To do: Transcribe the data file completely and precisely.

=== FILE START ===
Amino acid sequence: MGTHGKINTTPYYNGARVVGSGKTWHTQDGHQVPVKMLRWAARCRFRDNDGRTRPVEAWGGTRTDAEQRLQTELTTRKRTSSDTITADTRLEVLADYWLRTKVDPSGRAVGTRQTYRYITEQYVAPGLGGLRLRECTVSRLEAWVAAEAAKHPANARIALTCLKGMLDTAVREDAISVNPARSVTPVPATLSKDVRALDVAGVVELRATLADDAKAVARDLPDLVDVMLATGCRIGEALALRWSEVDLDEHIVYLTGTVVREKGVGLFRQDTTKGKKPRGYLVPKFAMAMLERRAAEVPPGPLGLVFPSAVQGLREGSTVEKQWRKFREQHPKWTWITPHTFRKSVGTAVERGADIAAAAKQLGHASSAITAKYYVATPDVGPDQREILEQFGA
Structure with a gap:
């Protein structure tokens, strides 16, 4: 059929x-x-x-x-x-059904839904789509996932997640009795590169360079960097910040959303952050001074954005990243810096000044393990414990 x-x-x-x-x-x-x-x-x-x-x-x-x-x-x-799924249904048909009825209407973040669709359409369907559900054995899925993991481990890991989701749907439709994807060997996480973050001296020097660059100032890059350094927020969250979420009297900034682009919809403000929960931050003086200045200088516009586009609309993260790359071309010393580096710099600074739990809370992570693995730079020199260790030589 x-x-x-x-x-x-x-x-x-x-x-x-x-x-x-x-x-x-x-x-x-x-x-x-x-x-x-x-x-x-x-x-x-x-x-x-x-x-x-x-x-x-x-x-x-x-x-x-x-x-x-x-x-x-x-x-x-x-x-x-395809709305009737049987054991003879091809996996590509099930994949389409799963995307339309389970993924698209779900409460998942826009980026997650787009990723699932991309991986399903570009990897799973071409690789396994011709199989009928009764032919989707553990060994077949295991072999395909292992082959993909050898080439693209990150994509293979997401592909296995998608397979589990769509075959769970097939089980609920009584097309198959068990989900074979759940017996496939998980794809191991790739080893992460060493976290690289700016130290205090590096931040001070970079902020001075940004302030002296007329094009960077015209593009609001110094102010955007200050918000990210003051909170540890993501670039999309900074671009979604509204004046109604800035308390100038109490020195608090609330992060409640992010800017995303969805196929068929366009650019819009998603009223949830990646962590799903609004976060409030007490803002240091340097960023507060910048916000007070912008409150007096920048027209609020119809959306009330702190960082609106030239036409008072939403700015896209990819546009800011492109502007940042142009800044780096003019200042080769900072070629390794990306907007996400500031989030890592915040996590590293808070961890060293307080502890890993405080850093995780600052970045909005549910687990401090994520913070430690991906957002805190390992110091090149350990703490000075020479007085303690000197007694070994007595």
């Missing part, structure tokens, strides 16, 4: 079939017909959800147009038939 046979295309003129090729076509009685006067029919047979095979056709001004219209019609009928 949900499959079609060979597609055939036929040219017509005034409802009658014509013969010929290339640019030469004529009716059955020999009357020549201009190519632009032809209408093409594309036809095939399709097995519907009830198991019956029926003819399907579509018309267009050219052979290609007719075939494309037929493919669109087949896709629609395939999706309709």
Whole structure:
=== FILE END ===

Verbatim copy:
Amino acid sequence: MGTHGKINTTPYYNGARVVGSGKTWHTQDGHQVPVKMLRWAARCRFRDNDGRTRPVEAWGGTRTDAEQRLQTELTTRKRTSSDTITADTRLEVLADYWLRTKVDPSGRAVGTRQTYRYITEQYVAPGLGGLRLRECTVSRLEAWVAAEAAKHPANARIALTCLKGMLDTAVREDAISVNPARSVTPVPATLSKDVRALDVAGVVELRATLADDAKAVARDLPDLVDVMLATGCRIGEALALRWSEVDLDEHIVYLTGTVVREKGVGLFRQDTTKGKKPRGYLVPKFAMAMLERRAAEVPPGPLGLVFPSAVQGLREGSTVEKQWRKFREQHPKWTWITPHTFRKSVGTAVERGADIAAAAKQLGHASSAITAKYYVATPDVGPDQREILEQFGA
Structure with a gap:
């Protein structure tokens, strides 16, 4: 059929x-x-x-x-x-059904839904789509996932997640009795590169360079960097910040959303952050001074954005990243810096000044393990414990 x-x-x-x-x-x-x-x-x-x-x-x-x-x-x-799924249904048909009825209407973040669709359409369907559900054995899925993991481990890991989701749907439709994807060997996480973050001296020097660059100032890059350094927020969250979420009297900034682009919809403000929960931050003086200045200088516009586009609309993260790359071309010393580096710099600074739990809370992570693995730079020199260790030589 x-x-x-x-x-x-x-x-x-x-x-x-x-x-x-x-x-x-x-x-x-x-x-x-x-x-x-x-x-x-x-x-x-x-x-x-x-x-x-x-x-x-x-x-x-x-x-x-x-x-x-x-x-x-x-x-x-x-x-x-395809709305009737049987054991003879091809996996590509099930994949389409799963995307339309389970993924698209779900409460998942826009980026997650787009990723699932991309991986399903570009990897799973071409690789396994011709199989009928009764032919989707553990060994077949295991072999395909292992082959993909050898080439693209990150994509293979997401592909296995998608397979589990769509075959769970097939089980609920009584097309198959068990989900074979759940017996496939998980794809191991790739080893992460060493976290690289700016130290205090590096931040001070970079902020001075940004302030002296007329094009960077015209593009609001110094102010955007200050918000990210003051909170540890993501670039999309900074671009979604509204004046109604800035308390100038109490020195608090609330992060409640992010800017995303969805196929068929366009650019819009998603009223949830990646962590799903609004976060409030007490803002240091340097960023507060910048916000007070912008409150007096920048027209609020119809959306009330702190960082609106030239036409008072939403700015896209990819546009800011492109502007940042142009800044780096003019200042080769900072070629390794990306907007996400500031989030890592915040996590590293808070961890060293307080502890890993405080850093995780600052970045909005549910687990401090994520913070430690991906957002805190390992110091090149350990703490000075020479007085303690000197007694070994007595």
């Missing part, structure tokens, strides 16, 4: 079939017909959800147009038939 046979295309003129090729076509009685006067029919047979095979056709001004219209019609009928 949900499959079609060979597609055939036929040219017509005034409802009658014509013969010929290339640019030469004529009716059955020999009357020549201009190519632009032809209408093409594309036809095939399709097995519907009830198991019956029926003819399907579509018309267009050219052979290609007719075939494309037929493919669109087949896709629609395939999706309709």
Whole structure: